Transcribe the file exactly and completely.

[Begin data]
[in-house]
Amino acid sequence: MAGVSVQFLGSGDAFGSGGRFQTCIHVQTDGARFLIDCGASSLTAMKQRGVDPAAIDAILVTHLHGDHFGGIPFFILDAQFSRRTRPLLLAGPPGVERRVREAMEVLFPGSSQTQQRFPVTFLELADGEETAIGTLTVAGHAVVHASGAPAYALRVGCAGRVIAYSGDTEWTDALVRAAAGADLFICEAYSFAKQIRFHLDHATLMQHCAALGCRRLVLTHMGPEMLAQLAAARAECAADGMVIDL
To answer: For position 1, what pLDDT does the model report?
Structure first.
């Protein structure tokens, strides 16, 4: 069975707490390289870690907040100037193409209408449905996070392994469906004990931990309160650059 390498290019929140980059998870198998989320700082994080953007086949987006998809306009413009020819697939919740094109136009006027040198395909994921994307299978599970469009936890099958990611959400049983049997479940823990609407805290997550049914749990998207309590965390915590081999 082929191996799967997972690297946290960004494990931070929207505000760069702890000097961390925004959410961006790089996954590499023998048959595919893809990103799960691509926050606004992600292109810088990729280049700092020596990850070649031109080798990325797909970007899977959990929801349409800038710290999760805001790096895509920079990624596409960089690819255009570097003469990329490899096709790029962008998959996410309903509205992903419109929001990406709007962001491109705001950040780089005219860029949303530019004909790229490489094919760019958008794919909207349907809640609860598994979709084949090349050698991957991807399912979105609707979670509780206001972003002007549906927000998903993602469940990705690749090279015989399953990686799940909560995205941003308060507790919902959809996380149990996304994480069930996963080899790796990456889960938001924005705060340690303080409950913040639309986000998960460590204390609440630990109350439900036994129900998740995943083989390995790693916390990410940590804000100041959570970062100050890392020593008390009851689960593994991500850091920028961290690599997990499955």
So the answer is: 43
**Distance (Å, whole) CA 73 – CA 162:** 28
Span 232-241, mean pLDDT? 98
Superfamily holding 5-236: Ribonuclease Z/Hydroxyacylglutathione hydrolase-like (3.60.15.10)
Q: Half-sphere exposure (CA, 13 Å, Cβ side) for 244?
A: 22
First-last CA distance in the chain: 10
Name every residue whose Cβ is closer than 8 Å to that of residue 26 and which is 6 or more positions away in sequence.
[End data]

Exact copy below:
[in-house]
Amino acid sequence: MAGVSVQFLGSGDAFGSGGRFQTCIHVQTDGARFLIDCGASSLTAMKQRGVDPAAIDAILVTHLHGDHFGGIPFFILDAQFSRRTRPLLLAGPPGVERRVREAMEVLFPGSSQTQQRFPVTFLELADGEETAIGTLTVAGHAVVHASGAPAYALRVGCAGRVIAYSGDTEWTDALVRAAAGADLFICEAYSFAKQIRFHLDHATLMQHCAALGCRRLVLTHMGPEMLAQLAAARAECAADGMVIDL
To answer: For position 1, what pLDDT does the model report?
Structure first.
């Protein structure tokens, strides 16, 4: 069975707490390289870690907040100037193409209408449905996070392994469906004990931990309160650059 390498290019929140980059998870198998989320700082994080953007086949987006998809306009413009020819697939919740094109136009006027040198395909994921994307299978599970469009936890099958990611959400049983049997479940823990609407805290997550049914749990998207309590965390915590081999 082929191996799967997972690297946290960004494990931070929207505000760069702890000097961390925004959410961006790089996954590499023998048959595919893809990103799960691509926050606004992600292109810088990729280049700092020596990850070649031109080798990325797909970007899977959990929801349409800038710290999760805001790096895509920079990624596409960089690819255009570097003469990329490899096709790029962008998959996410309903509205992903419109929001990406709007962001491109705001950040780089005219860029949303530019004909790229490489094919760019958008794919909207349907809640609860598994979709084949090349050698991957991807399912979105609707979670509780206001972003002007549906927000998903993602469940990705690749090279015989399953990686799940909560995205941003308060507790919902959809996380149990996304994480069930996963080899790796990456889960938001924005705060340690303080409950913040639309986000998960460590204390609440630990109350439900036994129900998740995943083989390995790693916390990410940590804000100041959570970062100050890392020593008390009851689960593994991500850091920028961290690599997990499955």
So the answer is: 43
**Distance (Å, whole) CA 73 – CA 162:** 28
Span 232-241, mean pLDDT? 98
Superfamily holding 5-236: Ribonuclease Z/Hydroxyacylglutathione hydrolase-like (3.60.15.10)
Q: Half-sphere exposure (CA, 13 Å, Cβ side) for 244?
A: 22
First-last CA distance in the chain: 10
Name every residue whose Cβ is closer than 8 Å to that of residue 26 and which is 6 or more positions away in sequence.